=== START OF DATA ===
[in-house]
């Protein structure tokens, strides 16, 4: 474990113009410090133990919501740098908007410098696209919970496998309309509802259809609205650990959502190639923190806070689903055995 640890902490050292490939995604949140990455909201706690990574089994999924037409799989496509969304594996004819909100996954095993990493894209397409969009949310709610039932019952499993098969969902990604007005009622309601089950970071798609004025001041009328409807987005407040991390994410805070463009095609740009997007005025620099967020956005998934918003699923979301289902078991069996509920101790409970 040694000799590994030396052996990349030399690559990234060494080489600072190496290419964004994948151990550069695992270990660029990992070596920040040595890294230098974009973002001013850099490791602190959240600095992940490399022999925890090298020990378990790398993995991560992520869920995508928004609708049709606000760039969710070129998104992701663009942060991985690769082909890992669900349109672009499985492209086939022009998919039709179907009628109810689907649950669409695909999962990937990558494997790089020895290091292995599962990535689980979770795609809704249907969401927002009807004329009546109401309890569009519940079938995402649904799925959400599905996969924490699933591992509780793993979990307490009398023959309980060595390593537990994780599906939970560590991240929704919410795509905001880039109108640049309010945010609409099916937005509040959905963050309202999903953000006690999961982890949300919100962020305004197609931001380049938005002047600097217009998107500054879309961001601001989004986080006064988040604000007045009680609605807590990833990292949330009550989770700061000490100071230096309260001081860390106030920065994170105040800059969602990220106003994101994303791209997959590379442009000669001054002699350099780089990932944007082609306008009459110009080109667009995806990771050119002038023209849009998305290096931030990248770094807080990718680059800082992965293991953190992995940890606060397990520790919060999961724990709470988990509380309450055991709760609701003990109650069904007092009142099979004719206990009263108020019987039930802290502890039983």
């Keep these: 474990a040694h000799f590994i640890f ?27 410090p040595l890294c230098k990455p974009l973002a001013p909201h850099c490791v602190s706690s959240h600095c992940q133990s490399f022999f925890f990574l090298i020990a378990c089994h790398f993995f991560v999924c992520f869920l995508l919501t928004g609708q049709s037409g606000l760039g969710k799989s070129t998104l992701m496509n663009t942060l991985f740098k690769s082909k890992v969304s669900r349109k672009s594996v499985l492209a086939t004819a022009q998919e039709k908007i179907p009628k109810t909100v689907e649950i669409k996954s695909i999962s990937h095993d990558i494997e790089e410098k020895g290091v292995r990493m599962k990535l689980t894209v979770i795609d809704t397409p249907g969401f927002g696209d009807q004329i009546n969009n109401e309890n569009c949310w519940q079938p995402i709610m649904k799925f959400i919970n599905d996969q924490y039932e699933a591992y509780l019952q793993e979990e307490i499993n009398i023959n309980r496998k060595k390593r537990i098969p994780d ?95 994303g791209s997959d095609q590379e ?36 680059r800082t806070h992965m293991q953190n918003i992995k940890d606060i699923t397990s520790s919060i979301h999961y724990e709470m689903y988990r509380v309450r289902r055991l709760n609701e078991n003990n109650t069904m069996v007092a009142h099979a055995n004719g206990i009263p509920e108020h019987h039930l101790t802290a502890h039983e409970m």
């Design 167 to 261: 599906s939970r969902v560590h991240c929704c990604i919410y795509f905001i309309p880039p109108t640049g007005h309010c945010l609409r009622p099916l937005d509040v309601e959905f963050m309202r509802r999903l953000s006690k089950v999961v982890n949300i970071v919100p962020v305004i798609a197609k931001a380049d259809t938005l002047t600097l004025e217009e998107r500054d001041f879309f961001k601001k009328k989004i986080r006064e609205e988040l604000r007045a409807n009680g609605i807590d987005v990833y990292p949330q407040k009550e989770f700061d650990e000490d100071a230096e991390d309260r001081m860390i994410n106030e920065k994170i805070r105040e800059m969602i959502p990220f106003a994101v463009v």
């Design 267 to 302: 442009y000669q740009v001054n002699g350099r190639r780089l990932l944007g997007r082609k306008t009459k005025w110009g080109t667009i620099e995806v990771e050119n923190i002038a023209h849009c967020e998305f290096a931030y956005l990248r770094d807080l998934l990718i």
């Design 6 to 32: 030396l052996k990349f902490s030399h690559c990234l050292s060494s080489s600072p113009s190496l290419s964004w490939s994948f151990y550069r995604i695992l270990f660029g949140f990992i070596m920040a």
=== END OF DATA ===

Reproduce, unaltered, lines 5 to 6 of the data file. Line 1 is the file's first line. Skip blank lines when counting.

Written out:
């Design 267 to 302: 442009y000669q740009v001054n002699g350099r190639r780089l990932l944007g997007r082609k306008t009459k005025w110009g080109t667009i620099e995806v990771e050119n923190i002038a023209h849009c967020e998305f290096a931030y956005l990248r770094d807080l998934l990718i």
């Design 6 to 32: 030396l052996k990349f902490s030399h690559c990234l050292s060494s080489s600072p113009s190496l290419s964004w490939s994948f151990y550069r995604i695992l270990f660029g949140f990992i070596m920040a």